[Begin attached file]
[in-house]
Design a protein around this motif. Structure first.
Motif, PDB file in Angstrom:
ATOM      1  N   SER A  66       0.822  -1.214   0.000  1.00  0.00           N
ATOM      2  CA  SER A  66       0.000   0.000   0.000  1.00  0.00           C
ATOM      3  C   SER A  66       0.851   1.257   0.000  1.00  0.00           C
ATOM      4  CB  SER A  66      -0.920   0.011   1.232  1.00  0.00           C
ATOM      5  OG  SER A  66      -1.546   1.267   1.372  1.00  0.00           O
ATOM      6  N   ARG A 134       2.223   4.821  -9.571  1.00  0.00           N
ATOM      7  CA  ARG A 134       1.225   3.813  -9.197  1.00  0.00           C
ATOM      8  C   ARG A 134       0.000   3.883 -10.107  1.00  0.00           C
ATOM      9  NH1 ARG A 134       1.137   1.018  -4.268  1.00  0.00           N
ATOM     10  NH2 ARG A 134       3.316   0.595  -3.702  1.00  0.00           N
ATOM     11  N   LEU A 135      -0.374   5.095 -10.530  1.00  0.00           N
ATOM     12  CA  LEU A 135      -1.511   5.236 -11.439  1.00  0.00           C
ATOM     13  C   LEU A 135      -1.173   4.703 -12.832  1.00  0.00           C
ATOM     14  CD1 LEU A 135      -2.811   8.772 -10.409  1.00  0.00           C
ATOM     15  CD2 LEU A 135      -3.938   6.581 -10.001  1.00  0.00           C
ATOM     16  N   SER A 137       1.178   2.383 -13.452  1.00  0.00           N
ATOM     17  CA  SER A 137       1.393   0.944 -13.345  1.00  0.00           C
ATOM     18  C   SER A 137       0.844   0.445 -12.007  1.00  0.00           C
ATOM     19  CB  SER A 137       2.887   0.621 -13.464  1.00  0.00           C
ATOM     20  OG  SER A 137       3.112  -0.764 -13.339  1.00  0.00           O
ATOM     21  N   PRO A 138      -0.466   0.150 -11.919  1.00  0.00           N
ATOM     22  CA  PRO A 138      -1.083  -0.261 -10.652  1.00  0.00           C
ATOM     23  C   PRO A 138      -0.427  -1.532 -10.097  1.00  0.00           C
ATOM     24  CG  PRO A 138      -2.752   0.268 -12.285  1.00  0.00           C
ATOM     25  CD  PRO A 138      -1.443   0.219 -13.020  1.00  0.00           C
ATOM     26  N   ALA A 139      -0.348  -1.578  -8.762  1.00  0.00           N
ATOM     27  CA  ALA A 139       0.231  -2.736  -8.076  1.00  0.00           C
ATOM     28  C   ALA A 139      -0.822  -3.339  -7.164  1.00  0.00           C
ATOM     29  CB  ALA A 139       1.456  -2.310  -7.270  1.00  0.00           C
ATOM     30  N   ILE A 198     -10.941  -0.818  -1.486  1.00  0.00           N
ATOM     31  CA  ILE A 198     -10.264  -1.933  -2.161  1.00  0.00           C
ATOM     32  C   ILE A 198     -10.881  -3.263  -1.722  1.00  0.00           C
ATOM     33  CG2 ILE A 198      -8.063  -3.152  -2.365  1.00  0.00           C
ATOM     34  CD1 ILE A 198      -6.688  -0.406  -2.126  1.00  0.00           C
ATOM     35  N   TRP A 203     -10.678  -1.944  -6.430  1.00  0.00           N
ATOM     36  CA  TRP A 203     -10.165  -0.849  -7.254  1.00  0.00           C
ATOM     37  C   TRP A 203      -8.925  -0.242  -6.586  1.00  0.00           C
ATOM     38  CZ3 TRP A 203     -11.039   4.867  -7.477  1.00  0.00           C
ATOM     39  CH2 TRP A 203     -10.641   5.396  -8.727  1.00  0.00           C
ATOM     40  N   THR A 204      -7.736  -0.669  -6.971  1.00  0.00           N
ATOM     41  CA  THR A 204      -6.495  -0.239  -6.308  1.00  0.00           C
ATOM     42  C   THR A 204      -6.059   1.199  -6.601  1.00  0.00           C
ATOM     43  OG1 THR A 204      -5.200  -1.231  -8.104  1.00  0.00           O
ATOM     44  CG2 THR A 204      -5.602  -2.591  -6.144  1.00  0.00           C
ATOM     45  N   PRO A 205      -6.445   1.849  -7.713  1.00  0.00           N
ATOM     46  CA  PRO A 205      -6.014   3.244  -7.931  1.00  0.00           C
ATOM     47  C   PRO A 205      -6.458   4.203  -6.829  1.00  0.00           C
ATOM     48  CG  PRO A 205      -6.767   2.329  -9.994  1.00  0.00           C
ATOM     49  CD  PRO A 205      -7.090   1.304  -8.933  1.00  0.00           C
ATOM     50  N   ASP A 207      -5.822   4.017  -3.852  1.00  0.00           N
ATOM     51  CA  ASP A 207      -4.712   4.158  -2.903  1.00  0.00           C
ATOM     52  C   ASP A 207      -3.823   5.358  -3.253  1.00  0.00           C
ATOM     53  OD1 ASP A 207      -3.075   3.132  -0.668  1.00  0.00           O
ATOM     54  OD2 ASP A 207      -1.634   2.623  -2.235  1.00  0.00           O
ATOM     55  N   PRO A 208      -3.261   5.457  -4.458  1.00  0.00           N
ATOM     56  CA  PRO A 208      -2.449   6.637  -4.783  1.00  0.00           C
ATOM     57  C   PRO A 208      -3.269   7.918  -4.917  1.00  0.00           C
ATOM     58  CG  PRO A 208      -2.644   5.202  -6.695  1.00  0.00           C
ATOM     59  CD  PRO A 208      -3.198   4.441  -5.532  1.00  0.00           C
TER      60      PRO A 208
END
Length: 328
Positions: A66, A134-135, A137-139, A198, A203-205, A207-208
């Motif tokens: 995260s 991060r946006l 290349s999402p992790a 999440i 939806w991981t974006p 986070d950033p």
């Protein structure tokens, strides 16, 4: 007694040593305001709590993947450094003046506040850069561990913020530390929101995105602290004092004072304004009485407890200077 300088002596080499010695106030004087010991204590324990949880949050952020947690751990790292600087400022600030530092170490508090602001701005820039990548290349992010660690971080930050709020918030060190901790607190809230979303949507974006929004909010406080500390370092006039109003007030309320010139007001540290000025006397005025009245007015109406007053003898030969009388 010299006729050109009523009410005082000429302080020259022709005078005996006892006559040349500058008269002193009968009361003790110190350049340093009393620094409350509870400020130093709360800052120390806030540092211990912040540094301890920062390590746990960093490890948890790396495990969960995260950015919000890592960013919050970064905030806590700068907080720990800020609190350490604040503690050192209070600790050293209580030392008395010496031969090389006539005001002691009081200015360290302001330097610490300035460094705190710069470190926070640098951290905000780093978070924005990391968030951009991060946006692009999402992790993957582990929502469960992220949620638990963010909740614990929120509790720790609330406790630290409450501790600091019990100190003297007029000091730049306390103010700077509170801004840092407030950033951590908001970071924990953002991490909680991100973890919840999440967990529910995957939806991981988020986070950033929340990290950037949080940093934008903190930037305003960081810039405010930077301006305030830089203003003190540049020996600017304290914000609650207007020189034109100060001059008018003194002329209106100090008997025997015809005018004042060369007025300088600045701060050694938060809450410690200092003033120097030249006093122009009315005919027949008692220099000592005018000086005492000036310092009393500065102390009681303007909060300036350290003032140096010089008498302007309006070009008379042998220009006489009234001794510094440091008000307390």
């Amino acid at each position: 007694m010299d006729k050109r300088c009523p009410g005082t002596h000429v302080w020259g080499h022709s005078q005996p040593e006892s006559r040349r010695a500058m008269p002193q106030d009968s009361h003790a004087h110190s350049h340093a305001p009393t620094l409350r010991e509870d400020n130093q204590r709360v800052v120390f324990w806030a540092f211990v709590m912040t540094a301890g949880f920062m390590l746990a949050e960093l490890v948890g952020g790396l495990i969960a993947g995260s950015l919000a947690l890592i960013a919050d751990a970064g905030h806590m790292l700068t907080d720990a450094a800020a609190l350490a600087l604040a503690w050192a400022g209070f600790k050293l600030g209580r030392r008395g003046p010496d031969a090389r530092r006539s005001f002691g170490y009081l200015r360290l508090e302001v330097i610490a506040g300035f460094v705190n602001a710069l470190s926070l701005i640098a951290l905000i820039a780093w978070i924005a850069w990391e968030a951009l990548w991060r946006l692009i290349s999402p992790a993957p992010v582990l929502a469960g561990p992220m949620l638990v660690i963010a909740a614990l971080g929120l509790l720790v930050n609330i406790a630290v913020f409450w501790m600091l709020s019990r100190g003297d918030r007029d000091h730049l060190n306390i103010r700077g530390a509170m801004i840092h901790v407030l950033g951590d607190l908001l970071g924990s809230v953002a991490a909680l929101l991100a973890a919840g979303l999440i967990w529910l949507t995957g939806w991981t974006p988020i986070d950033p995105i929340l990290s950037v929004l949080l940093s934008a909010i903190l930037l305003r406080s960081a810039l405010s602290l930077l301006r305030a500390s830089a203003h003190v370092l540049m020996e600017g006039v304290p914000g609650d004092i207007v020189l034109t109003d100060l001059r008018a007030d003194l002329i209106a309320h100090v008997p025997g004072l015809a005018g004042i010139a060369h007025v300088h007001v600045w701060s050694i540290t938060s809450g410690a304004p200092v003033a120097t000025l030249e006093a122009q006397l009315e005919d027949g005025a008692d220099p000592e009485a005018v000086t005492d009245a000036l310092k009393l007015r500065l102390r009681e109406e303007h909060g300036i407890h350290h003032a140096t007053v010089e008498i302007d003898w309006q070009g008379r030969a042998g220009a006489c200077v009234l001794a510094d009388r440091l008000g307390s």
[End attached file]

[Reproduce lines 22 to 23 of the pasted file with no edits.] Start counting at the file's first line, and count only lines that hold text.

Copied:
ATOM     19  CB  SER A 137       2.887   0.621 -13.464  1.00  0.00           C
ATOM     20  OG  SER A 137       3.112  -0.764 -13.339  1.00  0.00           O